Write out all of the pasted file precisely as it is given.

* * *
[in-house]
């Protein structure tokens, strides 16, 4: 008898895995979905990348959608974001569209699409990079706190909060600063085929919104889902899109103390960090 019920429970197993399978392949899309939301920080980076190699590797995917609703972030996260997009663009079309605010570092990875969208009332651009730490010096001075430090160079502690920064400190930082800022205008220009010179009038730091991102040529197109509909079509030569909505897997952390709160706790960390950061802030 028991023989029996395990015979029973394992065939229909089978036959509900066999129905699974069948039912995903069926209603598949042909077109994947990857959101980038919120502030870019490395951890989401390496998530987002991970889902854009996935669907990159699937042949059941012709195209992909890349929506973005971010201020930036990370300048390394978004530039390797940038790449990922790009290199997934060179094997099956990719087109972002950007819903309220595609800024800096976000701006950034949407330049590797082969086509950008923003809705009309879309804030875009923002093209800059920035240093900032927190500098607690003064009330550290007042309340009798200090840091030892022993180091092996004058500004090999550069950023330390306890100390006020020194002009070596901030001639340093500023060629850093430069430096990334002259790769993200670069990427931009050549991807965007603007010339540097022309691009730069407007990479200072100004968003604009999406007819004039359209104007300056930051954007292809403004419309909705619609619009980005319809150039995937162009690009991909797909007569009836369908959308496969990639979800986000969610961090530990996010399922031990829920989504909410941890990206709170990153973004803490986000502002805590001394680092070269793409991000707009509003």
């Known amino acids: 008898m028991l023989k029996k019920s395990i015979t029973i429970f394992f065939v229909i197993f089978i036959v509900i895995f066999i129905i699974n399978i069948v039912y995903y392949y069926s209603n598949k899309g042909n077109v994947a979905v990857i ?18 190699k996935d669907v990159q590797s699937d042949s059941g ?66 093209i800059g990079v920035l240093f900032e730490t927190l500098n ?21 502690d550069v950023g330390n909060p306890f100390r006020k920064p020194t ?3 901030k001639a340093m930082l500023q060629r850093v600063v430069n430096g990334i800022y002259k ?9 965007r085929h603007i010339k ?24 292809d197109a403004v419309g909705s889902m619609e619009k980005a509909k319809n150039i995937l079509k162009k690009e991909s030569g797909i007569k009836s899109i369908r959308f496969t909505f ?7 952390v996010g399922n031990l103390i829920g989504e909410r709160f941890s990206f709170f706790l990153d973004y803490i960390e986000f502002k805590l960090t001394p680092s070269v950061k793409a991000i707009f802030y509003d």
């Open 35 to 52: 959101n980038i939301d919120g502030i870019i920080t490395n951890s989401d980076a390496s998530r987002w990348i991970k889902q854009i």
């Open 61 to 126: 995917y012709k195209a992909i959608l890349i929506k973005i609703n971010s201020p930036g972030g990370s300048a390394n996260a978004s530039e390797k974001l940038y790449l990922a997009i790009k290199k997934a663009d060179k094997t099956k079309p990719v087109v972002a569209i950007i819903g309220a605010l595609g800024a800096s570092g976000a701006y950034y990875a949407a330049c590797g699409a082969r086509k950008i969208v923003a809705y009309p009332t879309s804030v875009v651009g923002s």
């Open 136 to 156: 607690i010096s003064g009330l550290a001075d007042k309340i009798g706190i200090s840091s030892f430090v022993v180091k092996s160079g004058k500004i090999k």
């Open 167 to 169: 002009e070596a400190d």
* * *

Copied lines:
[in-house]
């Protein structure tokens, strides 16, 4: 008898895995979905990348959608974001569209699409990079706190909060600063085929919104889902899109103390960090 019920429970197993399978392949899309939301920080980076190699590797995917609703972030996260997009663009079309605010570092990875969208009332651009730490010096001075430090160079502690920064400190930082800022205008220009010179009038730091991102040529197109509909079509030569909505897997952390709160706790960390950061802030 028991023989029996395990015979029973394992065939229909089978036959509900066999129905699974069948039912995903069926209603598949042909077109994947990857959101980038919120502030870019490395951890989401390496998530987002991970889902854009996935669907990159699937042949059941012709195209992909890349929506973005971010201020930036990370300048390394978004530039390797940038790449990922790009290199997934060179094997099956990719087109972002950007819903309220595609800024800096976000701006950034949407330049590797082969086509950008923003809705009309879309804030875009923002093209800059920035240093900032927190500098607690003064009330550290007042309340009798200090840091030892022993180091092996004058500004090999550069950023330390306890100390006020020194002009070596901030001639340093500023060629850093430069430096990334002259790769993200670069990427931009050549991807965007603007010339540097022309691009730069407007990479200072100004968003604009999406007819004039359209104007300056930051954007292809403004419309909705619609619009980005319809150039995937162009690009991909797909007569009836369908959308496969990639979800986000969610961090530990996010399922031990829920989504909410941890990206709170990153973004803490986000502002805590001394680092070269793409991000707009509003």
């Known amino acids: 008898m028991l023989k029996k019920s395990i015979t029973i429970f394992f065939v229909i197993f089978i036959v509900i895995f066999i129905i699974n399978i069948v039912y995903y392949y069926s209603n598949k899309g042909n077109v994947a979905v990857i ?18 190699k996935d669907v990159q590797s699937d042949s059941g ?66 093209i800059g990079v920035l240093f900032e730490t927190l500098n ?21 502690d550069v950023g330390n909060p306890f100390r006020k920064p020194t ?3 901030k001639a340093m930082l500023q060629r850093v600063v430069n430096g990334i800022y002259k ?9 965007r085929h603007i010339k ?24 292809d197109a403004v419309g909705s889902m619609e619009k980005a509909k319809n150039i995937l079509k162009k690009e991909s030569g797909i007569k009836s899109i369908r959308f496969t909505f ?7 952390v996010g399922n031990l103390i829920g989504e909410r709160f941890s990206f709170f706790l990153d973004y803490i960390e986000f502002k805590l960090t001394p680092s070269v950061k793409a991000i707009f802030y509003d």
């Open 35 to 52: 959101n980038i939301d919120g502030i870019i920080t490395n951890s989401d980076a390496s998530r987002w990348i991970k889902q854009i």
């Open 61 to 126: 995917y012709k195209a992909i959608l890349i929506k973005i609703n971010s201020p930036g972030g990370s300048a390394n996260a978004s530039e390797k974001l940038y790449l990922a997009i790009k290199k997934a663009d060179k094997t099956k079309p990719v087109v972002a569209i950007i819903g309220a605010l595609g800024a800096s570092g976000a701006y950034y990875a949407a330049c590797g699409a082969r086509k950008i969208v923003a809705y009309p009332t879309s804030v875009v651009g923002s």
């Open 136 to 156: 607690i010096s003064g009330l550290a001075d007042k309340i009798g706190i200090s840091s030892f430090v022993v180091k092996s160079g004058k500004i090999k």
């Open 167 to 169: 002009e070596a400190d």